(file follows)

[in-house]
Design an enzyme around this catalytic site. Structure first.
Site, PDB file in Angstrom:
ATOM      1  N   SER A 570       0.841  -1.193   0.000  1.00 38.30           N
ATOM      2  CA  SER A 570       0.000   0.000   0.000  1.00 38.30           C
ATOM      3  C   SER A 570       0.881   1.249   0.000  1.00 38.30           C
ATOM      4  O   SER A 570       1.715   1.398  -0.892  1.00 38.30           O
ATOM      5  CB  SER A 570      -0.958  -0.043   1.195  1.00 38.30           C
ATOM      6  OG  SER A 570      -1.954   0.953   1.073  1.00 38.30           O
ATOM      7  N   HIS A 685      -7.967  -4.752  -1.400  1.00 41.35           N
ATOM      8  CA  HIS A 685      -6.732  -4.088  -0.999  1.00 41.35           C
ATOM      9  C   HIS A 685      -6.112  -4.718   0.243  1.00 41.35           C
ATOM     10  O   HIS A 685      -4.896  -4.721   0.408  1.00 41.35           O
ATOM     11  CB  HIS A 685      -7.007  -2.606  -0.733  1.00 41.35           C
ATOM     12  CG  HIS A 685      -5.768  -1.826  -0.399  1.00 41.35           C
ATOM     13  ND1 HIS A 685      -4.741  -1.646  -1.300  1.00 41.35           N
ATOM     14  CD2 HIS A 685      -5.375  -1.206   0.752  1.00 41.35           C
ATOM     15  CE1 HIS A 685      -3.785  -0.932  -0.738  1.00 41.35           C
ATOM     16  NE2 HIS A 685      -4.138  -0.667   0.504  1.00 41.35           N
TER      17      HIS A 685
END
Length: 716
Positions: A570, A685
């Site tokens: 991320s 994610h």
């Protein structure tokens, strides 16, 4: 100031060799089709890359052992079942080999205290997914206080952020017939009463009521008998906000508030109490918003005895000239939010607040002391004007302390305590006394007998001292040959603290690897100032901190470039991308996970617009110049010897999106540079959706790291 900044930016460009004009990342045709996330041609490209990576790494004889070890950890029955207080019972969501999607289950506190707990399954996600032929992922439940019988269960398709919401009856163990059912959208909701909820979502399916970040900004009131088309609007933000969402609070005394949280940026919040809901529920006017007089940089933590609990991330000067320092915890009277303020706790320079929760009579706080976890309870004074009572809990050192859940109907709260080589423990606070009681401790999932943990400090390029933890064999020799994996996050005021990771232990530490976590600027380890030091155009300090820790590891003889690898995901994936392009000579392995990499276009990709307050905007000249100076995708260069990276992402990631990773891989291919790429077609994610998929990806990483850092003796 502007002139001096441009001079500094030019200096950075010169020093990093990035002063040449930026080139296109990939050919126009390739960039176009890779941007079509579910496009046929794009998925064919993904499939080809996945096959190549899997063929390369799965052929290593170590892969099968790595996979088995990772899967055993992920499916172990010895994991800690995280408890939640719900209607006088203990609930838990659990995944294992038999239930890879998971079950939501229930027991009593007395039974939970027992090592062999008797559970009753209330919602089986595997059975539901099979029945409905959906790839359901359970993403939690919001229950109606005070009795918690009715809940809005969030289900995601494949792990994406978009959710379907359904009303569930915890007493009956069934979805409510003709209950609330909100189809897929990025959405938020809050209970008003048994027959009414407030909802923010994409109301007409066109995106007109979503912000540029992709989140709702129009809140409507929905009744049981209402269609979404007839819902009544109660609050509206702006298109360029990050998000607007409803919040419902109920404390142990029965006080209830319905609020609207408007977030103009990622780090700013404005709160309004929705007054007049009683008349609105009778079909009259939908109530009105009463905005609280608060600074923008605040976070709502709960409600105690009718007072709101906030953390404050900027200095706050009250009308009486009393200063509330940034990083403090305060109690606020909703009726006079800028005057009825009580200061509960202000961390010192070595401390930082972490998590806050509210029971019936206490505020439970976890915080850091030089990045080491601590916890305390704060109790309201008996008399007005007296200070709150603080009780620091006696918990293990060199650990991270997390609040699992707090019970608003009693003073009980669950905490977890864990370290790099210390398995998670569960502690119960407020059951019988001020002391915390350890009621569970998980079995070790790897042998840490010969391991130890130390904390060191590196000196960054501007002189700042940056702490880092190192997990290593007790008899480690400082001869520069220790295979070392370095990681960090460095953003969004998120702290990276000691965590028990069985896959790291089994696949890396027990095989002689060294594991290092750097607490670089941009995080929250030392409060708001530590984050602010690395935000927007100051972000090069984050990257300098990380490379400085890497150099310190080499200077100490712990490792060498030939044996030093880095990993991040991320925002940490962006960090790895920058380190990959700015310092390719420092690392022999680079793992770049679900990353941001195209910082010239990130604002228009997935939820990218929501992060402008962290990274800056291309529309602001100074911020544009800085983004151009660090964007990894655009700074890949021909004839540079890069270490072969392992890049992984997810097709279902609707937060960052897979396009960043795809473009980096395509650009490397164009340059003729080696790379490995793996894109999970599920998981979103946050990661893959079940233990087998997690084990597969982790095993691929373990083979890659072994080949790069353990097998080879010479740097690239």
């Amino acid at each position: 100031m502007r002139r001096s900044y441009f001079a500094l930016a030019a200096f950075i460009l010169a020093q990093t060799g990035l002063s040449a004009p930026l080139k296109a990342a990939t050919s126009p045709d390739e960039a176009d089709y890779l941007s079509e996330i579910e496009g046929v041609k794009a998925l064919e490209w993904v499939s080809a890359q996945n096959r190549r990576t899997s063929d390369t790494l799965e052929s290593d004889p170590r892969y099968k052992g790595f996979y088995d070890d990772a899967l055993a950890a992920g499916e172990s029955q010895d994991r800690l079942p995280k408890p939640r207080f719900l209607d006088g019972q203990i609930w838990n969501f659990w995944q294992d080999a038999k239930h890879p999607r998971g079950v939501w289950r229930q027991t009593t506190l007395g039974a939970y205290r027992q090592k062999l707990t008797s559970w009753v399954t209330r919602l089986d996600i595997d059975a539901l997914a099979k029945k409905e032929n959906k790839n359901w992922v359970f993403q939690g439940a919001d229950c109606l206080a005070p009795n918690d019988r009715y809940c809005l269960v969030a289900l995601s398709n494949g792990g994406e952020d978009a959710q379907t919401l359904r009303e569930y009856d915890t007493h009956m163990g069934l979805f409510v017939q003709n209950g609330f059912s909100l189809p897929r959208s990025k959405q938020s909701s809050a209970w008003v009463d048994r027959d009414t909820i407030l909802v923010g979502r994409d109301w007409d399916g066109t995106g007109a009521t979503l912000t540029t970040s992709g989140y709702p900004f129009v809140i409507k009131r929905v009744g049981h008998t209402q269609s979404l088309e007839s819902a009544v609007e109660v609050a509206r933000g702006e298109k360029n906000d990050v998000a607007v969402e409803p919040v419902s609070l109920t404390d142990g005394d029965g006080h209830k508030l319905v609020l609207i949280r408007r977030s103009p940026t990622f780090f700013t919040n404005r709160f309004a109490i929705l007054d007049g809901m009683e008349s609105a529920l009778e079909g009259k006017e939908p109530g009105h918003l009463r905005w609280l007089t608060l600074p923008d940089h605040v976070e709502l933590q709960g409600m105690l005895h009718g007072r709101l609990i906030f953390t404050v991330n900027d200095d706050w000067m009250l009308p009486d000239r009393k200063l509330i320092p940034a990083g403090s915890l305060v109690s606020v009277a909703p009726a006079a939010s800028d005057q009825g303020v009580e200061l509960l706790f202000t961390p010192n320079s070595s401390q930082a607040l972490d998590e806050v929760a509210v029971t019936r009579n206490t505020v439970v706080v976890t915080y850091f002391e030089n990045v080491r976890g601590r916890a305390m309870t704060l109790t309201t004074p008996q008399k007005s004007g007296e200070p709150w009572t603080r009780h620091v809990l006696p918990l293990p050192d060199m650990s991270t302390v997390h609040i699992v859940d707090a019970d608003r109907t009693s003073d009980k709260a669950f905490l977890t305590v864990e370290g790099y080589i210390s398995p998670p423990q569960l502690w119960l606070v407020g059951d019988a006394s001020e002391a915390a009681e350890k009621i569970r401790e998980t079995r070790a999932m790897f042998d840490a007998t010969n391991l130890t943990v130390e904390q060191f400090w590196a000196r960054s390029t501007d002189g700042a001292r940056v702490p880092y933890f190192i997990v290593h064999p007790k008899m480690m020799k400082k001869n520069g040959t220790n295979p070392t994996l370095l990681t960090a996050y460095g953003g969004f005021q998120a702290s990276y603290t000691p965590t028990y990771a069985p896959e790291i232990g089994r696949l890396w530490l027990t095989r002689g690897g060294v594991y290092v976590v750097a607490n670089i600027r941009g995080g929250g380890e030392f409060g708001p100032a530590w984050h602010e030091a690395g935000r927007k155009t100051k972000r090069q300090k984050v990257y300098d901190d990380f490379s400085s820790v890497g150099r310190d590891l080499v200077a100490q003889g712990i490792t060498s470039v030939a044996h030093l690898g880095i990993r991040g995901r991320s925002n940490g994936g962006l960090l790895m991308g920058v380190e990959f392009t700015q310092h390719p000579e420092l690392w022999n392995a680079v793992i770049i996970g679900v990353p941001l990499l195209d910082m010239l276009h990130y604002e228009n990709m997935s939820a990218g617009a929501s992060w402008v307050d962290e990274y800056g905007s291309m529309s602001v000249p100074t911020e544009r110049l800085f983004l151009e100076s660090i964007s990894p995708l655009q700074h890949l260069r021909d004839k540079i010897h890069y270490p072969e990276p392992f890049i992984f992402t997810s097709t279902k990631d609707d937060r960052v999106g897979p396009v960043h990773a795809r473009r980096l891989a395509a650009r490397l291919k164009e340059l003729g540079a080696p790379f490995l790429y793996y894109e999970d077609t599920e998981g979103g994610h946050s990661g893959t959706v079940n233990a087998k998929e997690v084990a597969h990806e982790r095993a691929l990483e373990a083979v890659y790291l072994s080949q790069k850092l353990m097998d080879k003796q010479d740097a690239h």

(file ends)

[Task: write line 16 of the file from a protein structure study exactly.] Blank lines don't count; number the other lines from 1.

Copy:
ATOM     13  ND1 HIS A 685      -4.741  -1.646  -1.300  1.00 41.35           N